Elon Musk buys Twitter for $44 billion
Independent TV

Elon Musk's latest $44 billion (£31 billion) Twitter purchase didn't go down too well with users, with masses of people threatening to leave the platform.

The Tesla CEO sealed the deal on Monday (April 25) after putting in a bit for the social media site last week. His offer came after purchasing a nine per cent stake in the company and becoming a board member.

Twitter initially resisted his plans for a complete takeover, implementing a "poison pill" to make the purchase more expensive and challenging to acquire. Musk since updated his proposal and managed to get Twitter to agree.

He announced his purchase in a statement, saying: “Free speech is the bedrock of a functioning democracy, and Twitter is the digital town square where matters vital to the future of humanity are debated.”

“Twitter has tremendous potential – I look forward to working with the company and the community of users to unlock it,” he continued.

"RIP Twitter" soon started trending across the platform, with one user saying, "if you're thinking about sticking around, you'll soon regret it." They speculated that Twitter "will quickly evolve into pro-Trump 2024 crayville."

Another added: "I always knew Twitter would kill their own app out of greed."

Twitter may still be one of the largest social media sites out there, but there's an incredible amount of alternatives to try if you're thinking of hanging up your Twitter hat.

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Mastodon

People have already started their transition to Mastodon after it experienced an influx of traffic following Musk's takeover announcement.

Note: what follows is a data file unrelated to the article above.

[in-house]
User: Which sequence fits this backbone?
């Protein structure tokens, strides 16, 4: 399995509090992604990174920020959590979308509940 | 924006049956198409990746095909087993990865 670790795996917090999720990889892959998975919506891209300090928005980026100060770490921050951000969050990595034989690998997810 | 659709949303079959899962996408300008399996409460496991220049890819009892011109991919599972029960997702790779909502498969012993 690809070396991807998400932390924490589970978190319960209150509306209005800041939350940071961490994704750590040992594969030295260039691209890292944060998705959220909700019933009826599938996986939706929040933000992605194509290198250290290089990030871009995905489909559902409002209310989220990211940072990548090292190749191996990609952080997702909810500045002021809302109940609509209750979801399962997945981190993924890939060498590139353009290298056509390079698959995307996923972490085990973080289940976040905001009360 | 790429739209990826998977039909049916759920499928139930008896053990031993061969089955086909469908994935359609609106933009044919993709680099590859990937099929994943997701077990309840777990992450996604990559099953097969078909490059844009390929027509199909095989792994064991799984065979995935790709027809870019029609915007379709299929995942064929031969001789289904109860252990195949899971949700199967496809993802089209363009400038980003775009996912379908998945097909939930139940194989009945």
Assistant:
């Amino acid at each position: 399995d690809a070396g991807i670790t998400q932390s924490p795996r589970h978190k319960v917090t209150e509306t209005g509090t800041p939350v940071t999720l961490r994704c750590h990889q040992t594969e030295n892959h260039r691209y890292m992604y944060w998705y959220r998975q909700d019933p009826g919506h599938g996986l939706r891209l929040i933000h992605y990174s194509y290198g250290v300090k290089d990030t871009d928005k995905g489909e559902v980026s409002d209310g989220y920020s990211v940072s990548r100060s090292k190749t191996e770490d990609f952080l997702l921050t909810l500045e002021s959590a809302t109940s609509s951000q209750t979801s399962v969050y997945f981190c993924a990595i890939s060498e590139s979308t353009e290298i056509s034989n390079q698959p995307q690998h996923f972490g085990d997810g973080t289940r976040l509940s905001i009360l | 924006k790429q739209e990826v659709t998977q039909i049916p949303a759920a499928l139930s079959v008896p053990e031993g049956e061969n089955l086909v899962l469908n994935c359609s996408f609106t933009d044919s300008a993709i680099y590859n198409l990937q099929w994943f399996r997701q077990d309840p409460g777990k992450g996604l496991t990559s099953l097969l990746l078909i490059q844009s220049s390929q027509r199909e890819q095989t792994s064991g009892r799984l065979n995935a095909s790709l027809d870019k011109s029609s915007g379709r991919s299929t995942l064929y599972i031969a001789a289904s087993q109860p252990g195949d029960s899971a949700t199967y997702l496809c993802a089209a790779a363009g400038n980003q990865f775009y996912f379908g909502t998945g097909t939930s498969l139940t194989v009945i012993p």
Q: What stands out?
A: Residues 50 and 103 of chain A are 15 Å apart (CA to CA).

“Mastodon.social is being slow right now, as far as I can tell because there's twice as many people using it at the same time as ever have,” wrote Founder Eugen Rochko.

The decentralised platform is slightly different to Twitter.

Rather than being one big social media site, users can run and host their own communities.


Plurk

Plurk, an acronym for peace, love, unity, respect, and karma, is a free social media and micro-blogging site.

Like Twitter, a wide range of topics are covered and users can update their lifestream through 360 character posts. The platform even allows anonymous posts, too.


TikTok

If you're one of the few who didn't cave into peer pressure over the first lockdown, then maybe it's time to join TikTok now.

Known in China as "Douyin", TikTok is a video-focused social networking service where most trends and memes are born.


Care2

Founded in 1998, Care2 approaches social media differently, focusing on the good in the world.

The platform aims to connect activists from around the world with other individuals, organisations and responsible businesses making an impact.


Reddit

Reddit is one of the more mainstream alternatives that most people are familiar with.

It's made up of a network of communities to discuss pretty much anything and everything. There's undoubtedly something for everyone, from home hacks to memes, recipes, and celebrity scandals.


Medium

Medium is an open platform for people to share their takes on any topic.

Their said purpose is to "spread these ideas and deepen understanding of the world."


WT Social

WT Social was founded by the Wikipedia cofounder Jimmy Wales – initially as an alternative to Facebook.

They pride themselves on being a "non-toxic" social network where "advertisers don't call the shots."


The Dots

If you used Twitter as a networking tool, The Dots could be for you.

It connects people from the creative industry and allows users to get advice, share ideas and find jobs.


Instagram

Let's face it, most people probably already have an Instagram account, with roughly one billion monthly active users. The platform is a great space to capture, edit & share photos, videos & messages with friends & family.


Ello

Ello is a global community for creatives that allows people to showcase art, photography, fashion and web culture.


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